Fats are an essential part of our diet but it is important that we do not eat too much. Understanding the role fats play in the human body can help us include the right type of fat in our diet.
Fats help with the absorption of the ‘fat soluble’ vitamins – vitamin A and the carotenoids, vitamin D, vitamin E and vitamin K. Fatty acids, the building blocks of many important substances in the body, are essential to cell membranes, maintaining a regular heartbeat, providing an anti-inflammatory function, regulating cholesterol and contributing to brain and eye development in a developing baby. Fats provide a concentrated source of energy (calories) therefore eating too much can lead to weight gain. The optimum amount of fat in our diet depends on our stage of life. Extremely low fat diets will limit the amount of fat soluble vitamins and essential fats in our diet.
There are 3 main types of fats: saturated fatty acids (SFAs) and two types of unsaturated fatty acids – monounsaturated fatty acids (MUFAs) and polyunsaturated fatty acids (PUFAs).
For adults fat intake should not exceed more than 33% of total food energy intake, limiting saturated fat to 11% of food energy intake. This equates to a maximum overall daily fat intake of 95g for men and 70g for women, of which saturates should be no more than 30g and 20g respectively. Monounsaturated and polyunsaturated fats should each provide around one-third of our fat intake.
Vegan and vegetarian diets tend to be lower in saturated fat than diets containing meat. However, both saturated and hydrogenated fats are found in some vegetarian foods.
Saturated fats are mainly in animal products such as butter, cream and hard cheese, but also in palm oil and coconut products. Palm oil and hydrogenated fat (which is chemically altered to remain hard at room temperature) are used extensively in the production of biscuits and pastries.
Saturated and hydrogenated fat have harmful effects on health such as weight gain which is associated with diabetes, and raising blood cholesterol levels. High levels of cholesterol cause atherosclerosis, increasing the risk of developing heart disease.
Healthier, unsaturated fats are mainly from plant sources such as fruit, seeds, nuts and vegetables. Sources of monounsaturates are olive oil and rapeseed oil. Sources of polyunsaturates are sunflower, soya, sesame and corn oils. Monounsaturated and polyunsaturated fats can help lower blood cholesterol levels and blood clotting.
The PUFAs are classified into the omega-3 and omega-6 families. Referred to as the omegas, the omega-3 fatty acid is alpha-linolenic acid (ALA) and the omega-6 fatty acid is linoleic acid (LA). Both these are essential nutrients for health.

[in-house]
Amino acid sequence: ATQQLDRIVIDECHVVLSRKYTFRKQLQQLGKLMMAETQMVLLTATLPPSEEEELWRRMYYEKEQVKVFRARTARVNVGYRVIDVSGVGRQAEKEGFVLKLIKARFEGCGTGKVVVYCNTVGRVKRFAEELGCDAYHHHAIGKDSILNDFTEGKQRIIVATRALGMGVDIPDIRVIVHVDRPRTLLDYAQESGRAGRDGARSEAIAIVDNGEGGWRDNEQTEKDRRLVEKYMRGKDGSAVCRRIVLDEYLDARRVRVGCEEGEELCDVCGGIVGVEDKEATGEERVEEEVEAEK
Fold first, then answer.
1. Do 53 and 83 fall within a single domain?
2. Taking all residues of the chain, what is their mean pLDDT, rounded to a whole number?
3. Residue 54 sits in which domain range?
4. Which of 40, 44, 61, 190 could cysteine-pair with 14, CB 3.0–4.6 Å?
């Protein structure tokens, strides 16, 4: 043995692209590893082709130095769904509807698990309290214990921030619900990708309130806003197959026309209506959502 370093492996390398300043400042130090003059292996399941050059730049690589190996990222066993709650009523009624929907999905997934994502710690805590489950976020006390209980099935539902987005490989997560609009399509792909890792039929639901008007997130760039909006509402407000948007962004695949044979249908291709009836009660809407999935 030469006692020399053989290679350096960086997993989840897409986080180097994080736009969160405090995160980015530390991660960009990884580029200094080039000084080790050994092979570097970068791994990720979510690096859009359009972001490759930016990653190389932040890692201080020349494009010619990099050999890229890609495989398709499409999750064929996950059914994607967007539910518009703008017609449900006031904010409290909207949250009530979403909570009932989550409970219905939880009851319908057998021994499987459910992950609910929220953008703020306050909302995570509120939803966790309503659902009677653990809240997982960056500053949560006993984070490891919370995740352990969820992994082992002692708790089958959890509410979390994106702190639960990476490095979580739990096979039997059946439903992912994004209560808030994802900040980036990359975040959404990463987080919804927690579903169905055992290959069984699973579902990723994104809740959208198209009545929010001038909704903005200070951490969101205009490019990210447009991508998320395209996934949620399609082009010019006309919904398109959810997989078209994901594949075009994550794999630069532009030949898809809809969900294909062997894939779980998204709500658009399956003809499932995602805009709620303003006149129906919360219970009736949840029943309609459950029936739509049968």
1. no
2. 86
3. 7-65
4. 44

An adequate intake of omegas may prevent and control a number of inflammatory conditions such as heart disease, arthritis, macular degeneration, and immune dysfunction (e.g. asthma, eczema). However, omegas use the same enzymes for their metabolic pathway, so it is important to balance their intakes appropriately. The ideal ratio of LA to ALA acid (O6:O3) is 3:1. However, the Western diet which is heavily dependent on fried and processed foods tends to have a ratio closer to 15:1. The activity of enzymes can be affected by excessive intakes of saturated fats, alcohol, caffeine, and sugar, as well as deficiencies in zinc, magnesium and vitamins B and C which can be common in Western diet. Under these circumstances omega 6 fatty acids inhibit the conversion pathway of omega 3 fatty acids. Omega 3 deficiency can therefore occur and this creates hormone-like substances which encourage platelet stickiness, inflammation and water retention, leading to high blood pressure.
LA is widely available in a vegetarian diet from nuts, seeds, maize (corn) and soya beans. ALA is found in flaxseed, walnuts and hempseed. Both LA and ALA are found in green leafy vegetables, milk and eggs.
The health benefits of omega-3 are suggested to come from docosahexaenoic acid (DHA) and eicosapentaenoic acid (EPA) which the body makes from the parent essential fatty acid ALA. In nature, marine algae is the primary source of DHA and EPA. A non-vegetarian source of omega-3 is oily fish because it is rich in DHA and EPA from marine algae. There are a number of vegetarian supplements for DHA and EPA available if you are concerned about your intake.